In Europe the Euro Stoxx 50 index finished down 19.27 points, or 0.58%. Meanwhile, the FTSE 100 fell 0.72%, and Germany’s DAX closed down 90.55 points, or 0.78%.

In Asian markets Japan’s Nikkei 225 is down 86.71 points, or 0.42%. China’s CSI 300 is up 0.02%.

In Australia, the S&P/ASX 200 is up 39.91 points, or 0.62%.

West Texas Intermediate crude oil is US$53.51 per barrel. Brent crude is US$58.81 per barrel.

Both benchmarks slipped again overnight. Brent’s fall sees it enter bear market territory, generally accepted as any decline over 20%. Brent is now down 21.7% from its 24 April peak of US$74.57.

chart image
Source: Bloomberg
Click to enlarge

With global demand growth slowing and a flood of supply waiting to be tapped, crude prices are right where I expected them to be…given that OPEC+ is still restricting output. (Prices would be far lower if the cartel’s member states started pumping in earnest.)

But let’s not take our eyes off the oil rich Persian Gulf…and that infamous narrow passage, the Strait of Hormuz.

The UK confirmed it is sending additional warships into the Gulf, mirroring moves by the US Navy. Australia has yet to confirm it will pitch in its own ships or planes to help protect tankers from hostile Iranian forces. But I expect that news any day.

Soon, the waters will be chock-a-block with warships from a new ‘coalition of the willing’. Any missteps — whether from that coalition or from Iran’s Revolutionary Guard — and things could get very ugly, very quickly. And if shipments through the Strait of Hormuz are disrupted, crude’s bear market days would disappear just as fast.

Turning to gold, the yellow metal is trading for US$1,479.23 (AU$2,184.33) per troy ounce. Silver is US$16.53 (AU$24.41) per troy ounce. That’s another 0.8% rise in the price of bullion in Aussie dollars since this time yesterday. And gold’s bull run looks like it has a lot further to run.

(To get the inside scoop on why gold could go much higher…and four stocks to buy now to potentially profit from it…click here.)

In the world of cryptocurrencies, one bitcoin is worth US$11,491.54.

The Aussie dollar is worth 67.72 US cents.

The envy of the global cannabis market…

It’s no secret that Australian agricultural products are valued in Asia for their high quality and decided lack of pesticides and other nasties.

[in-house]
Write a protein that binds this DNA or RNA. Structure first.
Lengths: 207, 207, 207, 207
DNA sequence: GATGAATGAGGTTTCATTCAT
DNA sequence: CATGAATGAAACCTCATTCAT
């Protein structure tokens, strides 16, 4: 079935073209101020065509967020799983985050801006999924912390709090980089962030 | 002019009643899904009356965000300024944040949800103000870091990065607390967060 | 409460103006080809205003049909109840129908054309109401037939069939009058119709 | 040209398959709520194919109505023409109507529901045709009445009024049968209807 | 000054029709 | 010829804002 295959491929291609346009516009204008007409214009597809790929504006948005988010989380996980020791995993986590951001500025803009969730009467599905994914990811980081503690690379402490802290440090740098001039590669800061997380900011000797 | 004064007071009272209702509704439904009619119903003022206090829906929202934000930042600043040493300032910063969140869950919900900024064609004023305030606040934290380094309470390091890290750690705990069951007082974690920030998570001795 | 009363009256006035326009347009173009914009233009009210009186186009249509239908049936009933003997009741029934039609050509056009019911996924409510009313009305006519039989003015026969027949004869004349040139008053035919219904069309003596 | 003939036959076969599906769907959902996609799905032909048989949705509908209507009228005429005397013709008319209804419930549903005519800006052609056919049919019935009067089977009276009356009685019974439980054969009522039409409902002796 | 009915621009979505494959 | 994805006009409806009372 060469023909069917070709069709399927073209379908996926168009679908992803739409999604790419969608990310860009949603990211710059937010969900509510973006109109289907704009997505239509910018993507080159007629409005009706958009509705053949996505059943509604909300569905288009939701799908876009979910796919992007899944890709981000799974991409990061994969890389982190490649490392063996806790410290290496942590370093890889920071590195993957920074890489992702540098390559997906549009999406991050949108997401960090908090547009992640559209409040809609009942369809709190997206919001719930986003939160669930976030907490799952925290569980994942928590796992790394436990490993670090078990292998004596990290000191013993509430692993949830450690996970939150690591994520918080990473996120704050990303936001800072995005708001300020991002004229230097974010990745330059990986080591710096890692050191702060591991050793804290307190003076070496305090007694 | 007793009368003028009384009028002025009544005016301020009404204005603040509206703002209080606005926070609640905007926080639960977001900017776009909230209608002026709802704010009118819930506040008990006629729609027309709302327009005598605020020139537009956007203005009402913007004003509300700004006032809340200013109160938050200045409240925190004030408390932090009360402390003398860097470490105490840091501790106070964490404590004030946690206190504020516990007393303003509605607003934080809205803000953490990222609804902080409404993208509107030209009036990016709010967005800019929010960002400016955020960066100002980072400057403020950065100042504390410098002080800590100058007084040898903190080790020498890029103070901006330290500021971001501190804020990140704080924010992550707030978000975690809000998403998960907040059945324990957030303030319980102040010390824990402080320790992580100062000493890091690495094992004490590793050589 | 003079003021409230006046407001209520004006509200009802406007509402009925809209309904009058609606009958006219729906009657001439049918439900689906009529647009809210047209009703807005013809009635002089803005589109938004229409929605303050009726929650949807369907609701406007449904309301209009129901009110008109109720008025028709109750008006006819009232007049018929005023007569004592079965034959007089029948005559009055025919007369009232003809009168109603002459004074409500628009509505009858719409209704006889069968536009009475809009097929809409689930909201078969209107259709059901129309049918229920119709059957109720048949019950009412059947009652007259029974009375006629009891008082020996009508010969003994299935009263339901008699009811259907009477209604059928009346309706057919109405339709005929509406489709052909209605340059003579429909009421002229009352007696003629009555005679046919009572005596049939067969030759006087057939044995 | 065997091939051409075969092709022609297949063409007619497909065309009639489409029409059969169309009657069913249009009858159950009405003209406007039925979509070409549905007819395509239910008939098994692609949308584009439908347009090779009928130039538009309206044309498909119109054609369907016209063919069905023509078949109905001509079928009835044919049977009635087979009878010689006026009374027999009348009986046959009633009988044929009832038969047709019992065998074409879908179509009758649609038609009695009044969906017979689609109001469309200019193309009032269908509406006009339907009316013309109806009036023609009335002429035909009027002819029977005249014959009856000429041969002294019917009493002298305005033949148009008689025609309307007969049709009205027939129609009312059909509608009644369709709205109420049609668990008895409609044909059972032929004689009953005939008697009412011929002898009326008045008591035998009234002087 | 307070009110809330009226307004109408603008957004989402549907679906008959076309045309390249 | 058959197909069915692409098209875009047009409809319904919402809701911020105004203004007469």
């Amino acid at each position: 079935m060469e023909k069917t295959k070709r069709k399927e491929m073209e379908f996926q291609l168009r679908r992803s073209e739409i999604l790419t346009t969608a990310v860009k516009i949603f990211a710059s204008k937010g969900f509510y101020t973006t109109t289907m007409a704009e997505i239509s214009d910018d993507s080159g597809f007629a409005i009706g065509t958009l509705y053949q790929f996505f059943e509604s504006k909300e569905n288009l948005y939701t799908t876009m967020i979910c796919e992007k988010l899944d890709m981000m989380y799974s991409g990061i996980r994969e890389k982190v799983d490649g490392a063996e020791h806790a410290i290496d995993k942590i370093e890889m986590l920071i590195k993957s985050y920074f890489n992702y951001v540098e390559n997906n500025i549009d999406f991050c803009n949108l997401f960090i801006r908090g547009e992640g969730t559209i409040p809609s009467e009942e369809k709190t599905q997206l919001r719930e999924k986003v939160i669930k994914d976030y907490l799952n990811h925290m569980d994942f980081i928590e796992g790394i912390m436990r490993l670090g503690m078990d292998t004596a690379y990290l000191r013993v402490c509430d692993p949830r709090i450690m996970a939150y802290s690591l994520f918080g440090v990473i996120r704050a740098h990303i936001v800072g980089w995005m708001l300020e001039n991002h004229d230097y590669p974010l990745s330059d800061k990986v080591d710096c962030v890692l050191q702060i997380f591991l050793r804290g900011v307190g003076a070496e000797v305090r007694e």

Hence the voracious demand for Aussie manufactured baby formula. And the booming market for Australian wines…to name a few.

Could this same trend play out in the rapidly growing medicinal cannabis industry?

It certainly makes sense. And two companies currently developing a growing operation in Australia to export cannabis into Asia are banking on it.

Australia’s Greenfield MC and US–Canadian firm Emerald Plants Health Source (EPHS) are forming a joint venture business called Greenfield MC Cultivation, according to Business Insider Australia.

And as the AFR reports:

EPHS — which is licensed to grow and distribute cannabis in Canada and listed on the New York-based OTC stock exchange — is anticipating the Asia-Pacific medicinal cannabis market will become the world’s largest as demand for cannabis-based treatment grows.

“Australia’s reputation for best agricultural practices, crop safety management systems and robust quality control will make Australian-grown cannabis the envy of the global market and provide patients with confidence in this new form of medical treatment,” said Kevin Smith, vice president for strategy and business development at EPHS.

“For those very reasons, we see Australia as the gateway to Asia, which it already is in various agricultural and pharmaceutical product categories.”

Medicinal cannabis is fast gaining a foothold in Asia, where patients have long turned to natural medicines. London-based Prohibition Partners estimates the Asian medicinal cannabis market will be worth US$5.8 billion by 2024.

That’s a lot of weed that can potentially be grown and processed right here in Oz. And a lot of potential profits still sitting on the table for early investors in the right Aussie pot stocks.

Which stocks are those?

You can find out pot stock analyst Sam Volkering’s top two ASX listed cannabis plays here.